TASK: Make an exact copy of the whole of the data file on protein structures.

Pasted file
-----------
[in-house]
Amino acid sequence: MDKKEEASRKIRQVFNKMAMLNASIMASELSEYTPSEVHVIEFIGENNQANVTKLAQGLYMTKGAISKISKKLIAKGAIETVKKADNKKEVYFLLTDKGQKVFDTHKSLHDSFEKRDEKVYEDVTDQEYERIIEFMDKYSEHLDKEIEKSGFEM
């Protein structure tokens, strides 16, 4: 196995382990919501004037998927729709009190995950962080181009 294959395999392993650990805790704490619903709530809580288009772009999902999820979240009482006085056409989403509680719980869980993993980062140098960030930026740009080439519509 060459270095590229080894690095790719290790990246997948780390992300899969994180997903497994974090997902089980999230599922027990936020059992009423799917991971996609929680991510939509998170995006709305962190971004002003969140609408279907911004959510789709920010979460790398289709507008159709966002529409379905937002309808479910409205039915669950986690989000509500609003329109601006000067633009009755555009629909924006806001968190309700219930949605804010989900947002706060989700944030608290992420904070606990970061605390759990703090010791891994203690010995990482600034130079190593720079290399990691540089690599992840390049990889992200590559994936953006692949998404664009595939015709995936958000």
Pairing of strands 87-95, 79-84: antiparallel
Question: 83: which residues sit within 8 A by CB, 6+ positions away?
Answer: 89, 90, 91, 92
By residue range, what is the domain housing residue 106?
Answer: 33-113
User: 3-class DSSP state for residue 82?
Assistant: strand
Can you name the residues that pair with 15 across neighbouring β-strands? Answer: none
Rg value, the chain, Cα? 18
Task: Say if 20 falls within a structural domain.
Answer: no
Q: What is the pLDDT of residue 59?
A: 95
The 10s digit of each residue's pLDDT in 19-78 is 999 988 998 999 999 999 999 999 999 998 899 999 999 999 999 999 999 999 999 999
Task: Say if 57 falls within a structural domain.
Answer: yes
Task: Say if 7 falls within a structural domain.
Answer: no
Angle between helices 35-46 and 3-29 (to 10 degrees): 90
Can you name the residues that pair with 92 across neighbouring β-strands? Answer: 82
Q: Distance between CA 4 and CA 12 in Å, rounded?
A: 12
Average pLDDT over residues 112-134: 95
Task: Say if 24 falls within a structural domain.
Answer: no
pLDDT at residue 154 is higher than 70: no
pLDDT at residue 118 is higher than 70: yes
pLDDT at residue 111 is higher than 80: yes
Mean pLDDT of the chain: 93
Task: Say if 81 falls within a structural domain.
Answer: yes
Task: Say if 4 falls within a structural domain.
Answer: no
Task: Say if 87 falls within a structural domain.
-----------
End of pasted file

[in-house]
Amino acid sequence: MDKKEEASRKIRQVFNKMAMLNASIMASELSEYTPSEVHVIEFIGENNQANVTKLAQGLYMTKGAISKISKKLIAKGAIETVKKADNKKEVYFLLTDKGQKVFDTHKSLHDSFEKRDEKVYEDVTDQEYERIIEFMDKYSEHLDKEIEKSGFEM
């Protein structure tokens, strides 16, 4: 196995382990919501004037998927729709009190995950962080181009 294959395999392993650990805790704490619903709530809580288009772009999902999820979240009482006085056409989403509680719980869980993993980062140098960030930026740009080439519509 060459270095590229080894690095790719290790990246997948780390992300899969994180997903497994974090997902089980999230599922027990936020059992009423799917991971996609929680991510939509998170995006709305962190971004002003969140609408279907911004959510789709920010979460790398289709507008159709966002529409379905937002309808479910409205039915669950986690989000509500609003329109601006000067633009009755555009629909924006806001968190309700219930949605804010989900947002706060989700944030608290992420904070606990970061605390759990703090010791891994203690010995990482600034130079190593720079290399990691540089690599992840390049990889992200590559994936953006692949998404664009595939015709995936958000």
Pairing of strands 87-95, 79-84: antiparallel
Question: 83: which residues sit within 8 A by CB, 6+ positions away?
Answer: 89, 90, 91, 92
By residue range, what is the domain housing residue 106?
Answer: 33-113
User: 3-class DSSP state for residue 82?
Assistant: strand
Can you name the residues that pair with 15 across neighbouring β-strands? Answer: none
Rg value, the chain, Cα? 18
Task: Say if 20 falls within a structural domain.
Answer: no
Q: What is the pLDDT of residue 59?
A: 95
The 10s digit of each residue's pLDDT in 19-78 is 999 988 998 999 999 999 999 999 999 998 899 999 999 999 999 999 999 999 999 999
Task: Say if 57 falls within a structural domain.
Answer: yes
Task: Say if 7 falls within a structural domain.
Answer: no
Angle between helices 35-46 and 3-29 (to 10 degrees): 90
Can you name the residues that pair with 92 across neighbouring β-strands? Answer: 82
Q: Distance between CA 4 and CA 12 in Å, rounded?
A: 12
Average pLDDT over residues 112-134: 95
Task: Say if 24 falls within a structural domain.
Answer: no
pLDDT at residue 154 is higher than 70: no
pLDDT at residue 118 is higher than 70: yes
pLDDT at residue 111 is higher than 80: yes
Mean pLDDT of the chain: 93
Task: Say if 81 falls within a structural domain.
Answer: yes
Task: Say if 4 falls within a structural domain.
Answer: no
Task: Say if 87 falls within a structural domain.